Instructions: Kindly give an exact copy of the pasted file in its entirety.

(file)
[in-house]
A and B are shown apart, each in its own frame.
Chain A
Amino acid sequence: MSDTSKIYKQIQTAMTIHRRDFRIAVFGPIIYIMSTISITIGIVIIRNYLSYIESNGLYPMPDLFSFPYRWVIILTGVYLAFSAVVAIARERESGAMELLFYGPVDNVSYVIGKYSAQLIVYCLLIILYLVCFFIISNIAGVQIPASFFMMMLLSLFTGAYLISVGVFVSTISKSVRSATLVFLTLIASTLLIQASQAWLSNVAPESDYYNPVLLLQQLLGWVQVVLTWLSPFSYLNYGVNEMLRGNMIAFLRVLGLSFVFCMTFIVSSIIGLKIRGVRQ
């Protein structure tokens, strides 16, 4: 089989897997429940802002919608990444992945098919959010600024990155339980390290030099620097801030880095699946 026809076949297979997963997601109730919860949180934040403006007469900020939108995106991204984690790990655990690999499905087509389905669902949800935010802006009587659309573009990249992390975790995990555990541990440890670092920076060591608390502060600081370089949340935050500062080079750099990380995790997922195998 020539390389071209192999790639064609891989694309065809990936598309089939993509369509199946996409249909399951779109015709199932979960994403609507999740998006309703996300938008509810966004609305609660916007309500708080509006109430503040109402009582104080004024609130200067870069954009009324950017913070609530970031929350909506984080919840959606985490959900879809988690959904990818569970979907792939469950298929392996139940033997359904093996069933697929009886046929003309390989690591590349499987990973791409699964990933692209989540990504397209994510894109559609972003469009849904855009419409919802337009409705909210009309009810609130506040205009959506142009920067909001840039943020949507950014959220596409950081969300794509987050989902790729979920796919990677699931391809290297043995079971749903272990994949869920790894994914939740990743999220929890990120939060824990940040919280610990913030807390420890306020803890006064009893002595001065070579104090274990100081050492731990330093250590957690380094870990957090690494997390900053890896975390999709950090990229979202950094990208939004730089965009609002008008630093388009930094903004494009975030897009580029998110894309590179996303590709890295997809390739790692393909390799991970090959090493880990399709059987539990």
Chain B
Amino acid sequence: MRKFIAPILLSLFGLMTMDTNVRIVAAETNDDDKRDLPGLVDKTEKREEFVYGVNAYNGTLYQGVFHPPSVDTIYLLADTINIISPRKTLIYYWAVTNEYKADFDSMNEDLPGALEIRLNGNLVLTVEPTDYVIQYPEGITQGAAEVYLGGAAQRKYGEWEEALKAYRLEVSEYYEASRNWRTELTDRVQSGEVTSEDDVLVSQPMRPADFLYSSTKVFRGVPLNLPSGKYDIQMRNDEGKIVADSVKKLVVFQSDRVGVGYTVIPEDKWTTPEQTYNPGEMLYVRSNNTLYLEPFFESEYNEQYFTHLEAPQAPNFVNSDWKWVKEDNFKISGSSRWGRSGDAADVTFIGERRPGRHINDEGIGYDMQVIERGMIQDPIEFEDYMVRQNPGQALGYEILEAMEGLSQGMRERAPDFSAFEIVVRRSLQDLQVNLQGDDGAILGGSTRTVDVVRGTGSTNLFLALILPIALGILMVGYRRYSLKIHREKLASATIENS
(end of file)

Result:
[in-house]
A and B are shown apart, each in its own frame.
Chain A
Amino acid sequence: MSDTSKIYKQIQTAMTIHRRDFRIAVFGPIIYIMSTISITIGIVIIRNYLSYIESNGLYPMPDLFSFPYRWVIILTGVYLAFSAVVAIARERESGAMELLFYGPVDNVSYVIGKYSAQLIVYCLLIILYLVCFFIISNIAGVQIPASFFMMMLLSLFTGAYLISVGVFVSTISKSVRSATLVFLTLIASTLLIQASQAWLSNVAPESDYYNPVLLLQQLLGWVQVVLTWLSPFSYLNYGVNEMLRGNMIAFLRVLGLSFVFCMTFIVSSIIGLKIRGVRQ
């Protein structure tokens, strides 16, 4: 089989897997429940802002919608990444992945098919959010600024990155339980390290030099620097801030880095699946 026809076949297979997963997601109730919860949180934040403006007469900020939108995106991204984690790990655990690999499905087509389905669902949800935010802006009587659309573009990249992390975790995990555990541990440890670092920076060591608390502060600081370089949340935050500062080079750099990380995790997922195998 020539390389071209192999790639064609891989694309065809990936598309089939993509369509199946996409249909399951779109015709199932979960994403609507999740998006309703996300938008509810966004609305609660916007309500708080509006109430503040109402009582104080004024609130200067870069954009009324950017913070609530970031929350909506984080919840959606985490959900879809988690959904990818569970979907792939469950298929392996139940033997359904093996069933697929009886046929003309390989690591590349499987990973791409699964990933692209989540990504397209994510894109559609972003469009849904855009419409919802337009409705909210009309009810609130506040205009959506142009920067909001840039943020949507950014959220596409950081969300794509987050989902790729979920796919990677699931391809290297043995079971749903272990994949869920790894994914939740990743999220929890990120939060824990940040919280610990913030807390420890306020803890006064009893002595001065070579104090274990100081050492731990330093250590957690380094870990957090690494997390900053890896975390999709950090990229979202950094990208939004730089965009609002008008630093388009930094903004494009975030897009580029998110894309590179996303590709890295997809390739790692393909390799991970090959090493880990399709059987539990």
Chain B
Amino acid sequence: MRKFIAPILLSLFGLMTMDTNVRIVAAETNDDDKRDLPGLVDKTEKREEFVYGVNAYNGTLYQGVFHPPSVDTIYLLADTINIISPRKTLIYYWAVTNEYKADFDSMNEDLPGALEIRLNGNLVLTVEPTDYVIQYPEGITQGAAEVYLGGAAQRKYGEWEEALKAYRLEVSEYYEASRNWRTELTDRVQSGEVTSEDDVLVSQPMRPADFLYSSTKVFRGVPLNLPSGKYDIQMRNDEGKIVADSVKKLVVFQSDRVGVGYTVIPEDKWTTPEQTYNPGEMLYVRSNNTLYLEPFFESEYNEQYFTHLEAPQAPNFVNSDWKWVKEDNFKISGSSRWGRSGDAADVTFIGERRPGRHINDEGIGYDMQVIERGMIQDPIEFEDYMVRQNPGQALGYEILEAMEGLSQGMRERAPDFSAFEIVVRRSLQDLQVNLQGDDGAILGGSTRTVDVVRGTGSTNLFLALILPIALGILMVGYRRYSLKIHREKLASATIENS